If the lives of millions of marginalised farmers are better and their standard of living improves, India as a nation should be coasting easily towards the target of a $5 trillion economy in the near future, said a top official from Lawrencedale Agro Processing (LEAF).
“Farmers are and should be the centre of focus in all discussions, as they are the important stakeholders. Farmers are always confused by the various and frequent changes in the market on what will be the value for their harvest. We need to bring in significant transparency for them so that farmers can plan their livelihoods,” Palat Vijayaraghavan, Founder & CEO, Lawrencedale Agro Processing (LEAF), told IANS on his expectations from the FY24 Union Budget to be presented on February 1.
Vijayaraghavan said the Indian agriculture sector is at significant cross-roads and there is explosion of private sector participation in agriculture.
“Many intermediaries in the farming sector are solely reliant on this sector and we need to bring in clarity as to how we can clear their confusion and empower all the stakeholders in the agriculture ecosystem. No one should to lose their livelihoods and we must ensure that this is addressed,” Vijayaraghavan added.
There are lots of contributions which the organised sector can make for the benefit of the farmers and to uplift the sector. There is immense knowledge base and capabilities in the organised sector, he said.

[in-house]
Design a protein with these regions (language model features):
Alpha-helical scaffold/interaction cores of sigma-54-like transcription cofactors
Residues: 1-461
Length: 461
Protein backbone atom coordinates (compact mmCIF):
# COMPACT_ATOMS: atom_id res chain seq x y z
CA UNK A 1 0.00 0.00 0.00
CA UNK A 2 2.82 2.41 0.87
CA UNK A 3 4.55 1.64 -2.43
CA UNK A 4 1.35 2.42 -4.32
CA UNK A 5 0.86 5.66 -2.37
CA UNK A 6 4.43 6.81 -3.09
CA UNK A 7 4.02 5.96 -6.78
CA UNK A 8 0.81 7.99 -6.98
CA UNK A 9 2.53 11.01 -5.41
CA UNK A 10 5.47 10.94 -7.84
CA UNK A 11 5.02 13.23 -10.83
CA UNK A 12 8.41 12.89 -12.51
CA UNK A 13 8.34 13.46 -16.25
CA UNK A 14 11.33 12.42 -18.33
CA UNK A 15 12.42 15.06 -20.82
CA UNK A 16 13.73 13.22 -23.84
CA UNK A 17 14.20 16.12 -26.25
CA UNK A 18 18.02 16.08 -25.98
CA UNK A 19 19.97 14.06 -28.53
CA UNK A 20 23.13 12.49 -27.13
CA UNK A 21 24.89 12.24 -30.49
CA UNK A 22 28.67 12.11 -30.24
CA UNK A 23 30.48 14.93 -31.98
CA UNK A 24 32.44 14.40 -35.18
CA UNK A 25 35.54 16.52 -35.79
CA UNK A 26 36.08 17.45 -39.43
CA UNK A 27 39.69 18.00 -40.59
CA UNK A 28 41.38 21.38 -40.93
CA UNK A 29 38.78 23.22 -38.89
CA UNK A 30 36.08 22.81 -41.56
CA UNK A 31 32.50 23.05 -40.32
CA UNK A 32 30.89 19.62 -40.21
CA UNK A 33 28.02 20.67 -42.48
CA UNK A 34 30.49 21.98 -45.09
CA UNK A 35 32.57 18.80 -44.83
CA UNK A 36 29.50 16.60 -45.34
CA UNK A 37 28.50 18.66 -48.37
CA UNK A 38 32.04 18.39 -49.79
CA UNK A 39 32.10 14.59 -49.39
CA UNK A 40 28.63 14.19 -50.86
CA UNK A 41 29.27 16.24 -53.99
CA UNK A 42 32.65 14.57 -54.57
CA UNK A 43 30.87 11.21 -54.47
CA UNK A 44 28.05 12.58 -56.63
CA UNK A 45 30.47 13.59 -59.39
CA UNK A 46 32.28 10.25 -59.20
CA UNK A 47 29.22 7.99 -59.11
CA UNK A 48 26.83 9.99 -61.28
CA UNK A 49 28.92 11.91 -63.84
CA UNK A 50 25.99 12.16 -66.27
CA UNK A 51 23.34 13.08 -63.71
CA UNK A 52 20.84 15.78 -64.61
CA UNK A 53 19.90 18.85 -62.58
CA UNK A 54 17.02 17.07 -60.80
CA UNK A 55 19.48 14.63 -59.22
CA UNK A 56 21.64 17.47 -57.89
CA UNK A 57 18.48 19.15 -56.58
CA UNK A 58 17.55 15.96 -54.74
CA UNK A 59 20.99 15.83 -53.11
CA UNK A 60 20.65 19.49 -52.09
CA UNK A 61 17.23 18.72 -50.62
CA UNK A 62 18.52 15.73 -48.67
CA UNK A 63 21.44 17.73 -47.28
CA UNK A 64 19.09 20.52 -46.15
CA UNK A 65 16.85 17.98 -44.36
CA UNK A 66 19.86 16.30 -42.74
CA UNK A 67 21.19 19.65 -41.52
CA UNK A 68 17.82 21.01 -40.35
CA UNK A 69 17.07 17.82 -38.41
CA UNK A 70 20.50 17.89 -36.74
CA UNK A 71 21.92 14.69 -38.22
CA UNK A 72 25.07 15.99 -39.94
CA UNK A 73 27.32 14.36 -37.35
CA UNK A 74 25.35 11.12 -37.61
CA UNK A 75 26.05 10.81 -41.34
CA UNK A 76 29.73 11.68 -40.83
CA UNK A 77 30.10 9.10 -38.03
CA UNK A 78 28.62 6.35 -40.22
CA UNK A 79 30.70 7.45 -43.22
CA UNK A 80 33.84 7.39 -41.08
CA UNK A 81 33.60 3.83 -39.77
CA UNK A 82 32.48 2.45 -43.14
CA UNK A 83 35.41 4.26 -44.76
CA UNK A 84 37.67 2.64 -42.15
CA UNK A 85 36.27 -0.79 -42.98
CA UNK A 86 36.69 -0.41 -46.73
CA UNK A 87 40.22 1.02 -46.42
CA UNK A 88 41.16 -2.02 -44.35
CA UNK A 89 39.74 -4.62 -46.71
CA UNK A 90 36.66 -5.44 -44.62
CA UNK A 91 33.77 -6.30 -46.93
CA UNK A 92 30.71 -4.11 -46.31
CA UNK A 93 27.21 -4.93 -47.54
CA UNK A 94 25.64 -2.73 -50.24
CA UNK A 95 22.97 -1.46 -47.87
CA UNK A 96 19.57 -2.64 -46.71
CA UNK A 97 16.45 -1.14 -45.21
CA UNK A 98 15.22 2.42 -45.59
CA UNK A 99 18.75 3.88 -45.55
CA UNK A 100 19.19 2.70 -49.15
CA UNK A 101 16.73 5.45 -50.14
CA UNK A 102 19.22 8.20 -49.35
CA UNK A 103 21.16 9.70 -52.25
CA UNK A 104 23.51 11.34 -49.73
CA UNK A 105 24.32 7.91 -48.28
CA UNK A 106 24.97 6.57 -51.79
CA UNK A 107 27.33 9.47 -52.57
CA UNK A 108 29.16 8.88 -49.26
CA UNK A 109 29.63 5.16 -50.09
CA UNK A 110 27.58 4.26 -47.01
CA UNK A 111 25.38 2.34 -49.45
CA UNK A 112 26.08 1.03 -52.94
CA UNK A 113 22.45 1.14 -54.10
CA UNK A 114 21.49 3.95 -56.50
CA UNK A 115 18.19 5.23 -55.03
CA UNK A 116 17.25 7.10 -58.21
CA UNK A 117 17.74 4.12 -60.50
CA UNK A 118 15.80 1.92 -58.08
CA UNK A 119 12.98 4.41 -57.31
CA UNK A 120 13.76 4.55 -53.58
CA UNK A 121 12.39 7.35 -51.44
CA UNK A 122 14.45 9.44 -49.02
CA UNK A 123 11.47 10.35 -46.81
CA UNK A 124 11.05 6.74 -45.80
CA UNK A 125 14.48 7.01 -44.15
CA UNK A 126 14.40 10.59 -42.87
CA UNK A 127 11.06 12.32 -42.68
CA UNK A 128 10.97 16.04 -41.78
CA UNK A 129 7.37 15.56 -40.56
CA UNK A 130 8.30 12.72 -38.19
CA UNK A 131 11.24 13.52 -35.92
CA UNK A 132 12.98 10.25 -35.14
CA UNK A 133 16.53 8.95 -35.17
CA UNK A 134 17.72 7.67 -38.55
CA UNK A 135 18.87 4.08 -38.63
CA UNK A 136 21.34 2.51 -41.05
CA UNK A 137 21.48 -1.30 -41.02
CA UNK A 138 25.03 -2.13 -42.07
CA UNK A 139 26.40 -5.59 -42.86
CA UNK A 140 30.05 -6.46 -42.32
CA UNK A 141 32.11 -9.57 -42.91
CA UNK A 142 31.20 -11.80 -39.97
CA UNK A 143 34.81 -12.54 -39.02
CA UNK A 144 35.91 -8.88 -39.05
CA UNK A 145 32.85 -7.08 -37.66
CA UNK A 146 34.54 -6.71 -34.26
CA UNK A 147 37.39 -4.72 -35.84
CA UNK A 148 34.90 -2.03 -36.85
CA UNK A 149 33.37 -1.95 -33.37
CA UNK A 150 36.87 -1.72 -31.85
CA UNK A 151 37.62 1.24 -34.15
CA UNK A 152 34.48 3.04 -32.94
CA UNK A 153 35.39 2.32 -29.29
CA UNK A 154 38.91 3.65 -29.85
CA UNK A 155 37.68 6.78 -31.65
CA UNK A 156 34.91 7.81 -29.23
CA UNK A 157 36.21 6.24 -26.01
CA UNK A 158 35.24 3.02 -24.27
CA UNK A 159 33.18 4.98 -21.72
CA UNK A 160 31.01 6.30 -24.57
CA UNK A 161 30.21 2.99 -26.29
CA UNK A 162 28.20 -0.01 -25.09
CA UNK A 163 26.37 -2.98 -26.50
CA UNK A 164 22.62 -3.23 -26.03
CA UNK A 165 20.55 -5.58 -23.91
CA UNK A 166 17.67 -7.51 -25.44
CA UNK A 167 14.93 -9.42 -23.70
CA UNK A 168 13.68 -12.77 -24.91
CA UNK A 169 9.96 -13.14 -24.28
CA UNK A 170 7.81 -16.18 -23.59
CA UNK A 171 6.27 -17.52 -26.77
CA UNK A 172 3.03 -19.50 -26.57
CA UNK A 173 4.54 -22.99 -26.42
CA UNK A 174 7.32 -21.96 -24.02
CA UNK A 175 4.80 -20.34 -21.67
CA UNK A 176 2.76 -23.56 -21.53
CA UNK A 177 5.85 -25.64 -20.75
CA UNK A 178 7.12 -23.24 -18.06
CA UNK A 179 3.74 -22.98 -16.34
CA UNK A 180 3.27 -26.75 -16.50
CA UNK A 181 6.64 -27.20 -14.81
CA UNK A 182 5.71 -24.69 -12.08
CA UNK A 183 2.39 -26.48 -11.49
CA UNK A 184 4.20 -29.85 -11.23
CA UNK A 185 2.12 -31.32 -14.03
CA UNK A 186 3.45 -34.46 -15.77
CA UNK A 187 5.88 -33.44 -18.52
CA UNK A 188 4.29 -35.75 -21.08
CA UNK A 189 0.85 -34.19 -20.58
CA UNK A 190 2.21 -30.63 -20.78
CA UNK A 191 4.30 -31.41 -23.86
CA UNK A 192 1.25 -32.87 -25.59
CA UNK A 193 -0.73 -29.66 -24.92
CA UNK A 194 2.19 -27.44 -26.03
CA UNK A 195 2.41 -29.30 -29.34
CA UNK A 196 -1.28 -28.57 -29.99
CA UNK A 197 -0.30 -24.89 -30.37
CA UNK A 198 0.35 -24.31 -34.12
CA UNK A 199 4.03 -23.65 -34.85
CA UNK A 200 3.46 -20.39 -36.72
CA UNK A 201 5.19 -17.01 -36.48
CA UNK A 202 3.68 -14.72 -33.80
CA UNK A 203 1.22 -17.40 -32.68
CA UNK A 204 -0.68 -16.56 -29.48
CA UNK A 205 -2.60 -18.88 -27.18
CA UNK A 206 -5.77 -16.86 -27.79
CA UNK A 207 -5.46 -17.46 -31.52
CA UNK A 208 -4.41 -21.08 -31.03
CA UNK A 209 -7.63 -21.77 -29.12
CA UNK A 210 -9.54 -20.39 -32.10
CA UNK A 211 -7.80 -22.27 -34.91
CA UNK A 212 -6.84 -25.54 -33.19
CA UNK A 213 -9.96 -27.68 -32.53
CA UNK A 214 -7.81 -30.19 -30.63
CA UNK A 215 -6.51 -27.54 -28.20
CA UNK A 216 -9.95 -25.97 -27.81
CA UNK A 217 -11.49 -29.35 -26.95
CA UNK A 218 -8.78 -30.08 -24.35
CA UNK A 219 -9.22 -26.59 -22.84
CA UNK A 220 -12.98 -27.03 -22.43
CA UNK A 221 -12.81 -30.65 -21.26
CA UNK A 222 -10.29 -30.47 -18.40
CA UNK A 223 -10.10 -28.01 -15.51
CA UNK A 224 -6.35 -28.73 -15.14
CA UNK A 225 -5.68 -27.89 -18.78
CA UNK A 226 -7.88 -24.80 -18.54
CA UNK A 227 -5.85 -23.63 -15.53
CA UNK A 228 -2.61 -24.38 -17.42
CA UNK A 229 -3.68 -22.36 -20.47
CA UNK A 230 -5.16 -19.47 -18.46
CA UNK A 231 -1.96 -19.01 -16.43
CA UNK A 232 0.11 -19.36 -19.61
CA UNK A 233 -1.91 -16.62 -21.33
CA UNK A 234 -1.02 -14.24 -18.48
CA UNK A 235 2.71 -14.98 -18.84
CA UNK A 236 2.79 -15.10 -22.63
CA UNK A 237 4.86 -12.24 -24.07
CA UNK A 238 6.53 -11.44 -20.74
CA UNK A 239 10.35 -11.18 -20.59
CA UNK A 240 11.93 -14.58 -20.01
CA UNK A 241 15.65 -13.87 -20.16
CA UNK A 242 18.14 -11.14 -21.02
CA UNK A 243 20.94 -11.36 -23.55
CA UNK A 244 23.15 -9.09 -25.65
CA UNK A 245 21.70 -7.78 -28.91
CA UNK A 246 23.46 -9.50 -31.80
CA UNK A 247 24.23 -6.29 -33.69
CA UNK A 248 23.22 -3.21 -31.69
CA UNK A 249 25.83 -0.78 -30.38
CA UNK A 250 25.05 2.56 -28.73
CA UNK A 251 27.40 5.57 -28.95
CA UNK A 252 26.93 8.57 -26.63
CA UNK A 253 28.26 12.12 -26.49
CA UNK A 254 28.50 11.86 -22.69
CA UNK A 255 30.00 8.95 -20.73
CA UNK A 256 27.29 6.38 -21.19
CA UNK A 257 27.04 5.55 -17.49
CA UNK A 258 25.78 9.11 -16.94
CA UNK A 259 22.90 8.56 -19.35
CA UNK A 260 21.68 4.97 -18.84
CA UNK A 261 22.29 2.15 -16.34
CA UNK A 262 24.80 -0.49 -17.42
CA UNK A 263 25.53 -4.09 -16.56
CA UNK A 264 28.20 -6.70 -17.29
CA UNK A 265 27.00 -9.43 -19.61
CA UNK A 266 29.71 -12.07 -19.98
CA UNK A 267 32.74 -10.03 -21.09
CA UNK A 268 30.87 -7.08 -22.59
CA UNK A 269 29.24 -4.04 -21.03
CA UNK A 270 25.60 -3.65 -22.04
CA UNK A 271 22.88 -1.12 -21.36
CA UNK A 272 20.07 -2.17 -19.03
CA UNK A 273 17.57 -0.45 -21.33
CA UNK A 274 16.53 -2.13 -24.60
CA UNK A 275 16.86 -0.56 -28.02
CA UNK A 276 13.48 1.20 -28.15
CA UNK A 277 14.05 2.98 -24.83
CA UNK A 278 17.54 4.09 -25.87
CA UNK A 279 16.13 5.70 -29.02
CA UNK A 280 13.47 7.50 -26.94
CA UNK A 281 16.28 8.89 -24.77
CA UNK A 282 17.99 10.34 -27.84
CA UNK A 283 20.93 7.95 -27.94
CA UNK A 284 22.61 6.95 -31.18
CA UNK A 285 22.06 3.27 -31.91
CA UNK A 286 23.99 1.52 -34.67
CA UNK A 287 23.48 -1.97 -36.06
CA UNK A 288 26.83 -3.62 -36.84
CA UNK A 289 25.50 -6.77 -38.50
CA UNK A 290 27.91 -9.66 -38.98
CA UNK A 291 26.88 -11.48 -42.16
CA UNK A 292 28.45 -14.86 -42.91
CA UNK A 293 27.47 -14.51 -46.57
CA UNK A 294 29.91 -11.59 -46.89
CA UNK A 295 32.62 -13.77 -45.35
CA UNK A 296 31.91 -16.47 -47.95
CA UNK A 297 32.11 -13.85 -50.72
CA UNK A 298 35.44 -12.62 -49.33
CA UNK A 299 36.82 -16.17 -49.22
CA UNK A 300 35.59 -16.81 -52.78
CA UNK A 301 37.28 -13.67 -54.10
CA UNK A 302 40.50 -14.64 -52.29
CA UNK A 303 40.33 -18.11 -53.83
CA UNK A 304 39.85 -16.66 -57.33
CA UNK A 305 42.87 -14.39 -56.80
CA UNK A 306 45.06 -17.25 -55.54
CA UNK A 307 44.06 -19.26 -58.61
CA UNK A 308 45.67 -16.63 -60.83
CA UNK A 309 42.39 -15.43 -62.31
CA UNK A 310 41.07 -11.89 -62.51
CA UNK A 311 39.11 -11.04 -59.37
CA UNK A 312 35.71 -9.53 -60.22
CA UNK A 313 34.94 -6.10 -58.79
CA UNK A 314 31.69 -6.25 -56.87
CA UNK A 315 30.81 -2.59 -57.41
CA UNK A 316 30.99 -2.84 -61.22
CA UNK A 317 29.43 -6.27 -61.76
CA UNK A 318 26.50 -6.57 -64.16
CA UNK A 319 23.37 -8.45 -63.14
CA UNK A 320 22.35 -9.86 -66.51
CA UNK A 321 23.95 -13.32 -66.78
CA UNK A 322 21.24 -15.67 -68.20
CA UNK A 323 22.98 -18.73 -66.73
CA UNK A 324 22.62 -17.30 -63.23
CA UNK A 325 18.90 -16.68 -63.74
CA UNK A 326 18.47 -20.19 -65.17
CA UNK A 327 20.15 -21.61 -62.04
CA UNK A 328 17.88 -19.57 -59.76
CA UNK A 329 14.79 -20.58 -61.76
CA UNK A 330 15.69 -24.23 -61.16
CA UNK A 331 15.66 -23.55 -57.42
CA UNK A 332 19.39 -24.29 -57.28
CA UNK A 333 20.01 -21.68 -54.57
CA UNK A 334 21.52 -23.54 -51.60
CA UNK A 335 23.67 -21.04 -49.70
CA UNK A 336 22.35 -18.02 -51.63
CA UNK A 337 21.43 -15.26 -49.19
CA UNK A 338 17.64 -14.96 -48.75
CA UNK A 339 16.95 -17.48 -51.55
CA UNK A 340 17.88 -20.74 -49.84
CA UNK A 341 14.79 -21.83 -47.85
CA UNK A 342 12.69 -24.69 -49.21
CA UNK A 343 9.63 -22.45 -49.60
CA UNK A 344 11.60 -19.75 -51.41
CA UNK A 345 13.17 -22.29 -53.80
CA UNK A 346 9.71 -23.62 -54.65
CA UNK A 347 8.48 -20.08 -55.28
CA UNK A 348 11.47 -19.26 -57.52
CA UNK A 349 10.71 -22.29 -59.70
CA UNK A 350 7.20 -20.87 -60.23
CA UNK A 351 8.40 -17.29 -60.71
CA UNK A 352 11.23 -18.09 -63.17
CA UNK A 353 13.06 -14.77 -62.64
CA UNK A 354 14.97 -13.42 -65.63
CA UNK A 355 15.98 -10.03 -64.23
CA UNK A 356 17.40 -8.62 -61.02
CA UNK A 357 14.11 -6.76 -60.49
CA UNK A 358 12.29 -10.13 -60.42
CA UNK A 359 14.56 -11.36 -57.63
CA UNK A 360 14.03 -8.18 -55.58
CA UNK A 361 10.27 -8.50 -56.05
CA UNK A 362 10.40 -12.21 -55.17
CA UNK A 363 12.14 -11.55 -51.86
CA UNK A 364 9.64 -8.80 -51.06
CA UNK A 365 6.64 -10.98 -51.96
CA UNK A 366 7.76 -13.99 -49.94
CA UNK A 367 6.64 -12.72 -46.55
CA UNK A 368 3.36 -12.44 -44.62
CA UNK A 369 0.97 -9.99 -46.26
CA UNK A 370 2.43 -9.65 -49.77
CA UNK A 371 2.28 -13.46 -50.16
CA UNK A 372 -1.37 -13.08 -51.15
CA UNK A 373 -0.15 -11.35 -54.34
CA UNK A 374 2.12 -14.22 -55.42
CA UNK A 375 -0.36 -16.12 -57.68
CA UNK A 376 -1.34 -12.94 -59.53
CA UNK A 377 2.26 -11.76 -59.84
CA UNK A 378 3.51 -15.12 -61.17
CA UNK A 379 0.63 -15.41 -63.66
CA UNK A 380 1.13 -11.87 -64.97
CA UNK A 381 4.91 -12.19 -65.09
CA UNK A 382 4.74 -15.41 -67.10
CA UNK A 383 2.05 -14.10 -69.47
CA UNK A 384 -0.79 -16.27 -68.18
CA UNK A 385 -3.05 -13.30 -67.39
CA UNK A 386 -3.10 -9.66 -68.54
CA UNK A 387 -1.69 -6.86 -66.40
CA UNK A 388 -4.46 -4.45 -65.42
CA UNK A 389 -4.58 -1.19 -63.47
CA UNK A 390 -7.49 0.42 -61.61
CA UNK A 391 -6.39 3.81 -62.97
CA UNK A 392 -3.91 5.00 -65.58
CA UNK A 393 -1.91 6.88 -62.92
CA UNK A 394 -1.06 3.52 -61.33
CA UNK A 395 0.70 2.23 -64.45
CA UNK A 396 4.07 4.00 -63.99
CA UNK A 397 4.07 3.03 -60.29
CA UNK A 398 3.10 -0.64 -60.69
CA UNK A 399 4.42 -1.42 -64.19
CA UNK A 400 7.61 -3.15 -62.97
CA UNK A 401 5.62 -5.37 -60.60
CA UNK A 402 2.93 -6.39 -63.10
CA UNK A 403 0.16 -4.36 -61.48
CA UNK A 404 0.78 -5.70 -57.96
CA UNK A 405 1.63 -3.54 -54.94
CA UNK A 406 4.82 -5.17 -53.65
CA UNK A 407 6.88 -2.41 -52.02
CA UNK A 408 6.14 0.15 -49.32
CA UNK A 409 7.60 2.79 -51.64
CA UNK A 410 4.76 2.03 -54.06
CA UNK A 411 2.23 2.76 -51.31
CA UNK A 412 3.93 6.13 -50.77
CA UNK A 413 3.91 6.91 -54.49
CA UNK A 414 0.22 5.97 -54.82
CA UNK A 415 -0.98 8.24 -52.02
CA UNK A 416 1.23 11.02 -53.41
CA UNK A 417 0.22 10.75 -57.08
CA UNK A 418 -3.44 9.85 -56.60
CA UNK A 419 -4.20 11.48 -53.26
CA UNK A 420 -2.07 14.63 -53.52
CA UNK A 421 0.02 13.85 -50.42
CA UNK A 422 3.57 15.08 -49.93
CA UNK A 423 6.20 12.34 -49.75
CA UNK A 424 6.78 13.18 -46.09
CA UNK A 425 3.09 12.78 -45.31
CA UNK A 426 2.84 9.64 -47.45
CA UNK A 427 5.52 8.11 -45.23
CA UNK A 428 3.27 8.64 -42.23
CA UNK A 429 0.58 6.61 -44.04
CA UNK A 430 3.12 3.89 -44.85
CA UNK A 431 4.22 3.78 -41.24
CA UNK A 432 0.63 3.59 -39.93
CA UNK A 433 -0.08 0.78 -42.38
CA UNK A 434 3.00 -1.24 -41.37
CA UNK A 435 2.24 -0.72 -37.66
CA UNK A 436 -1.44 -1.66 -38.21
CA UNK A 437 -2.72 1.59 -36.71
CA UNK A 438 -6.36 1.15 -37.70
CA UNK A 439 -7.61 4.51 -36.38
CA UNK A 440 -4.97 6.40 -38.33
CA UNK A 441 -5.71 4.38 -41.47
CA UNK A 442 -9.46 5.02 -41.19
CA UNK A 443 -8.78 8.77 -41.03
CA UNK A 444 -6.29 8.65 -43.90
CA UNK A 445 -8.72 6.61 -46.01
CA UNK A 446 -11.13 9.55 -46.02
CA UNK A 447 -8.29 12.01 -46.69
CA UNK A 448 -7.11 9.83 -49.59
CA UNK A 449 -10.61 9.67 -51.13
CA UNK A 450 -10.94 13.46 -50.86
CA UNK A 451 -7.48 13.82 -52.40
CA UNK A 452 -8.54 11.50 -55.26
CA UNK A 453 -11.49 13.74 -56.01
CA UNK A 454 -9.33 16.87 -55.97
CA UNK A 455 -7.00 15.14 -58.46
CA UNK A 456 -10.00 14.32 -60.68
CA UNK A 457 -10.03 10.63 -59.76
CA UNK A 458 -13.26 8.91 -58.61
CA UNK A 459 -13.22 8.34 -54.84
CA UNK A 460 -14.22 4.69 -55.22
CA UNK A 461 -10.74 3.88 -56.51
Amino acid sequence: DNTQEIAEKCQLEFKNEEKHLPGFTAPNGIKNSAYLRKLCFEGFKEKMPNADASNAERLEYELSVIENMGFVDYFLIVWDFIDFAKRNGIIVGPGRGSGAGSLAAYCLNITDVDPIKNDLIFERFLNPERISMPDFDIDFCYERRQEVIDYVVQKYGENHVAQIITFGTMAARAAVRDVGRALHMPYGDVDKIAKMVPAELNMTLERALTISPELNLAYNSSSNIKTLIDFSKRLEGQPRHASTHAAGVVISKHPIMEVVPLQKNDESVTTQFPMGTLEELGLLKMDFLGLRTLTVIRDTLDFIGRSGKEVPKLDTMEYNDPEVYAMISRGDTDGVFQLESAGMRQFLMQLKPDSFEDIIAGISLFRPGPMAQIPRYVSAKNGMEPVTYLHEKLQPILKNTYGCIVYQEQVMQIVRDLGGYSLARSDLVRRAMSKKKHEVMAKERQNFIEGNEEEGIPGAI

“However, these capabilities, which can be transformational, are not reaching the farmers enough. We should comprehensively address this gap for the benefit of the farmers and consumers,” he added.
Vijayaraghavan said the organised sector players in the market must ensure that no one loses in the ecosystem and that should be done on an immediate basis to instil confidence in the farmers.
The other aspect which needs to be enabled is that of technology.
“It is not just enough for the farmers to be given a technology platform and let them work forward. We need strong brick and mortar support working parallelly to assure the farmers that we are working together,” he said.
Another important cog in this whole puzzle is that how we can mainstream financial services to the agriculture sector, he said.
“It is high time we provide a slew of organised financial services to the marginalised farmers which can bring about significant improvements to the livelihoods of the marginalised farmers.
“There is pain for the marginalised farmer in each step. Right from soil preparation to choosing the various inputs for better cultivation of crops and till the last mile of liquidating the harvest, the farmer’s lifecycle is always under strain. Given the fact that there is no authenticated trail of transactions, the process of securing organised financial offerings is tough.
“To handhold the farmers and for efficient use of organised and cost-effective financial support, we need corporates to closely work with the farmers with a scientific data-driven approach. We should ensure that they use only the right amount of crop protection and crop nutrition products, and this step will ensure that the harvest is safe-to-consume without overdose of chemical enhancements,” Vijayaraghavan said.
As per a CARE Ratings survey, the agriculture sector Budget expectations include:
* Higher allocation of subsidies towards urea as well as non-urea fertilisers at a level of more than Rs 2,00,000 crore
* Special incentives to set up fertiliser plants in India to cut dependence on imports
* Reduction in duty on imports of ammonia and phosphoric acid to improve the competitiveness of domestic fertiliser manufacturers
* Incentives for the promotion of organic fertilisers